Indian Removal Act Research Paper

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The Indian Removal Act was signed in 1830 by President Andrew Jackson to remove the Cherokee Indians from their homes and force them to settle west of the Mississippi River. The act was passed in hopes to gain agrarian land that would replenish the cotton industry which had plummeted after the Panic of 1819. Andrew Jackson believed that effectively forcing the Cherokees to become more civilized and to christianize them would be beneficial to them. Therefore, he thought the journey westward was necessary. In late 1838, the Cherokees were removed from their homes and forced into a brutal journey westward in the bitter cold. The hardships of the sufferable journey can be observed by three separate accounts form a Cherokee woman, a Cherokee slave,…show more content…
Whitmire states that white settlers came to, “the Indian's homes, drove off their cattle, horses, and pigs, and they even rifled the graves for any jewelry, or other ornaments that might have been buried with the dead” (Whitmire). Whitmire shows how the Cherokees were oppressed by the fact that not only were the white settlers forcing them to leave their homes, but that they also destroyed their ancestors burial sites for their riches which was both disrespectful as well as mortifying for their family…show more content…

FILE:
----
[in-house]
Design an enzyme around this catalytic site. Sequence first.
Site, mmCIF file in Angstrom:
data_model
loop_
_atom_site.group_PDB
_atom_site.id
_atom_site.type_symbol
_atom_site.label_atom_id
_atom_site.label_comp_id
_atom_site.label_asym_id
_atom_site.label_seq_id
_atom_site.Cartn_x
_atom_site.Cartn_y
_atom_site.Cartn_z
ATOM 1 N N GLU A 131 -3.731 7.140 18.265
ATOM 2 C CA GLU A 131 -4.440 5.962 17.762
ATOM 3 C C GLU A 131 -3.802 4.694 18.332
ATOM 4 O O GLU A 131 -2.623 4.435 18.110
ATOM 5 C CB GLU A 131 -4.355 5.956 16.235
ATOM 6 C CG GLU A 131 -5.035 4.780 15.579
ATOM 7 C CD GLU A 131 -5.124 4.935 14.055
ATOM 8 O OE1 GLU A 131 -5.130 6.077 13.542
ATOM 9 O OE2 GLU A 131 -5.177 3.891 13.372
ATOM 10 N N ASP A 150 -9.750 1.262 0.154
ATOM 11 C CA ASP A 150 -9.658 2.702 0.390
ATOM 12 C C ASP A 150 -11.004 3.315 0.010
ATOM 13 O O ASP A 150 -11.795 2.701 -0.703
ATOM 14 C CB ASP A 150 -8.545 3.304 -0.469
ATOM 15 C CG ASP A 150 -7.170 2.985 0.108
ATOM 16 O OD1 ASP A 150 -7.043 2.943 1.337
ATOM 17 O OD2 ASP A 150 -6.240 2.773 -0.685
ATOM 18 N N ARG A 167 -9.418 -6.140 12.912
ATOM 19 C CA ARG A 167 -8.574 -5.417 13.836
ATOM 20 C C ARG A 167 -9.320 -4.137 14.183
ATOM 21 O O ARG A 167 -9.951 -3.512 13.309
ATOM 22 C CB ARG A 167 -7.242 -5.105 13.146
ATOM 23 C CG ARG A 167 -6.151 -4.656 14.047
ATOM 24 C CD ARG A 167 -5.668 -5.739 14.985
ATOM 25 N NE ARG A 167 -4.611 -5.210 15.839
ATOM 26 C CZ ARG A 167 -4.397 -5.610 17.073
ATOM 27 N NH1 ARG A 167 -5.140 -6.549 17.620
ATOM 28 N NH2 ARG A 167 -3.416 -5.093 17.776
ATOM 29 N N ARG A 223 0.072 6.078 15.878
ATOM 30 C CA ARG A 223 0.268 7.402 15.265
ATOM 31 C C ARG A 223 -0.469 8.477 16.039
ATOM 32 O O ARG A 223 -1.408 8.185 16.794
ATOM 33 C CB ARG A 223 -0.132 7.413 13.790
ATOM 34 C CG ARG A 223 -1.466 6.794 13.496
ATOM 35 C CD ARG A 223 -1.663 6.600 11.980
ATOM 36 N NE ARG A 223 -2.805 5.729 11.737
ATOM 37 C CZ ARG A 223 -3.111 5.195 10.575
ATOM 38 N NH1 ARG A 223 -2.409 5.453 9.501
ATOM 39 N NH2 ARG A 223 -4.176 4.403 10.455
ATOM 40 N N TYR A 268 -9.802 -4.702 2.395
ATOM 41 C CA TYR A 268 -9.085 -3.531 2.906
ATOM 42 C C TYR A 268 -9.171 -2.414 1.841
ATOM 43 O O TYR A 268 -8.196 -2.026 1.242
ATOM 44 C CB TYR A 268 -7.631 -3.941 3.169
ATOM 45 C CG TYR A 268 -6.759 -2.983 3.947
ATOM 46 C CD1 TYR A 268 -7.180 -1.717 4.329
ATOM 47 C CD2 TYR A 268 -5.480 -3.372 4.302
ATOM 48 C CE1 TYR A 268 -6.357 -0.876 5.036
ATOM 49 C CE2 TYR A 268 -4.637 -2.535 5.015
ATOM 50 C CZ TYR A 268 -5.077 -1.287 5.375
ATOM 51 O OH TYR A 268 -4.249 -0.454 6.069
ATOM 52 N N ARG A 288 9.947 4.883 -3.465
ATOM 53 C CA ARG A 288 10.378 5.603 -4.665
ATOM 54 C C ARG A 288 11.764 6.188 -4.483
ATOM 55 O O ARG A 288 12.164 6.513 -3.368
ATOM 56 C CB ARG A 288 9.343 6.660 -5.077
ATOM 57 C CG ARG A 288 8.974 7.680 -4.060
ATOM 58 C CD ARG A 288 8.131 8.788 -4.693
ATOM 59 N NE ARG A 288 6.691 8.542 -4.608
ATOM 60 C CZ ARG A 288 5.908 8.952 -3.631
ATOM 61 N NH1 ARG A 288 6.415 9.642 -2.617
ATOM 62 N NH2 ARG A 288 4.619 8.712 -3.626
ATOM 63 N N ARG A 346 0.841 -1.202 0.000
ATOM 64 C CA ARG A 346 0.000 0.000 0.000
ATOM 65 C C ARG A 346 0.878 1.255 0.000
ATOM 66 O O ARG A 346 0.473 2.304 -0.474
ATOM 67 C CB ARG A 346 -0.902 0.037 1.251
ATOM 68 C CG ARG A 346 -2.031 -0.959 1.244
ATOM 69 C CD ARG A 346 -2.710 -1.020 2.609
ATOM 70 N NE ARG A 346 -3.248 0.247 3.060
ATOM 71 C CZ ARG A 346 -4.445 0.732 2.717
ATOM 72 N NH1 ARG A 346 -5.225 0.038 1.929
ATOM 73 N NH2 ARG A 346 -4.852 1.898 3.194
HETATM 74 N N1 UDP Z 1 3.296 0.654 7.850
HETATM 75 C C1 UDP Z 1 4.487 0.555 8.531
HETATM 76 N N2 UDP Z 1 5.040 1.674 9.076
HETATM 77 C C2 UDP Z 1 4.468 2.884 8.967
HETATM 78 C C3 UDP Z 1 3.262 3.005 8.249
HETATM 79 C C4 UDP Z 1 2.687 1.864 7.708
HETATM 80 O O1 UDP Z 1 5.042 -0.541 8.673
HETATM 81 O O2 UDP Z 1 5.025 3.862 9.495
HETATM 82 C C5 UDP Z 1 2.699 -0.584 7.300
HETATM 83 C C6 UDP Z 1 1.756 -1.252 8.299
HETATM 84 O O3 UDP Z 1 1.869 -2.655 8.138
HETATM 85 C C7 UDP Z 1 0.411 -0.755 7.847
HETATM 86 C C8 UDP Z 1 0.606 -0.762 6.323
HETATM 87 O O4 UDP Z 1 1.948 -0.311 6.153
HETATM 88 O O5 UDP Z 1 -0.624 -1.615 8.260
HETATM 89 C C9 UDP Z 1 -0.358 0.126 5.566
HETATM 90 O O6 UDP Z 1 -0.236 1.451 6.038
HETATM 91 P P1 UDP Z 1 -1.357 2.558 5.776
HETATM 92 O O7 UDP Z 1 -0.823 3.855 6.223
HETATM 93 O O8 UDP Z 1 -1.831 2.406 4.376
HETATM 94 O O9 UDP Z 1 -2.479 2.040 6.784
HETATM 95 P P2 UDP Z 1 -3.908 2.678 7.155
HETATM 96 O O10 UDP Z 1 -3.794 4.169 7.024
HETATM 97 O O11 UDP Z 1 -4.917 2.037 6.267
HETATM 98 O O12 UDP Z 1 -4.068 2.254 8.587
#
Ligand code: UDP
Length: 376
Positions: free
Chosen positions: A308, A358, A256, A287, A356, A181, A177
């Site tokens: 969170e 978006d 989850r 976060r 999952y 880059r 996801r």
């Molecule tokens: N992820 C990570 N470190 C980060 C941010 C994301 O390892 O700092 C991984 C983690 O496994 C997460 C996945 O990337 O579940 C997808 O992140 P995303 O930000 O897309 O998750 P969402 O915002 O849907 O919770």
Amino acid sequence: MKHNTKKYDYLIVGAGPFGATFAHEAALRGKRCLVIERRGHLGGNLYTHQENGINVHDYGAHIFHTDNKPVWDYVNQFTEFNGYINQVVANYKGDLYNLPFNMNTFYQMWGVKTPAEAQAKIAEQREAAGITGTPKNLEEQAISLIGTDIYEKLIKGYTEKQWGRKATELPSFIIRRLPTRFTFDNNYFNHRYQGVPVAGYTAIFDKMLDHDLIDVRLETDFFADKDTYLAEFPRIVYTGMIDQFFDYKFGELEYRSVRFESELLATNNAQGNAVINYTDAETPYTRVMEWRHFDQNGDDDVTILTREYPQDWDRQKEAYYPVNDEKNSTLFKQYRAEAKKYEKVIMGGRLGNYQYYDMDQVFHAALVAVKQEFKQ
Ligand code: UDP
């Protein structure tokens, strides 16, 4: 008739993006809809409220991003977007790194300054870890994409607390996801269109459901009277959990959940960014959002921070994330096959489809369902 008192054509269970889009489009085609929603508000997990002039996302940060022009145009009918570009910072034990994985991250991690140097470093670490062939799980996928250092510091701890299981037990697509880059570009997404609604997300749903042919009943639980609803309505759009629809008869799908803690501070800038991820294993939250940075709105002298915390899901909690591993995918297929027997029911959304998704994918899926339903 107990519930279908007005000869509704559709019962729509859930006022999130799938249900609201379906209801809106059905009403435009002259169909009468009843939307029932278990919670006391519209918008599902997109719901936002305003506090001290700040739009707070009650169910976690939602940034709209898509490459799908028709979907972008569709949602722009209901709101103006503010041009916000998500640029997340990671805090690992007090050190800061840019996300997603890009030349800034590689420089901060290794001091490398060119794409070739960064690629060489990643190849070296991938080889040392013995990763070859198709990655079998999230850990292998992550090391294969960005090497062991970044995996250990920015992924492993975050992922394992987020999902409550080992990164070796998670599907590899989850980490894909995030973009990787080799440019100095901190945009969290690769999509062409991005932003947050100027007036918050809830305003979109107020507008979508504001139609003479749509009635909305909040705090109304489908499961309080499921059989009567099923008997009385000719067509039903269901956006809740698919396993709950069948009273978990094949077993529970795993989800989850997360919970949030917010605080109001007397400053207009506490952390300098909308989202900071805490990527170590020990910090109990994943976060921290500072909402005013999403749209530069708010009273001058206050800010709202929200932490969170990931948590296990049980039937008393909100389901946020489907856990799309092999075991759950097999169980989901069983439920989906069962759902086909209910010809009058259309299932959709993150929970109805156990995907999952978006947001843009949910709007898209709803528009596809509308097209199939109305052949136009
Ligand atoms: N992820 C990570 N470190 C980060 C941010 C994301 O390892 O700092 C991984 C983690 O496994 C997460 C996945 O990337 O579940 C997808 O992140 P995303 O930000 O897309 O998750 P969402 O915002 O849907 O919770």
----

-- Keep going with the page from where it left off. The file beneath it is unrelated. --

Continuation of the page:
She describes the journey as, “all who lived to make this trip, or had parents who made it, will long remember it, as a bitter memory” (Whitmire). The three accounts show that either if you lived through the dangerous trek or not, you still witnessed and felt the grief and misery the Cherokees went through. The effects that Andrew Jackson had on the Cherokees, were brutal, and unnecessary taking place in the bitter cold providing an abundance of death for the
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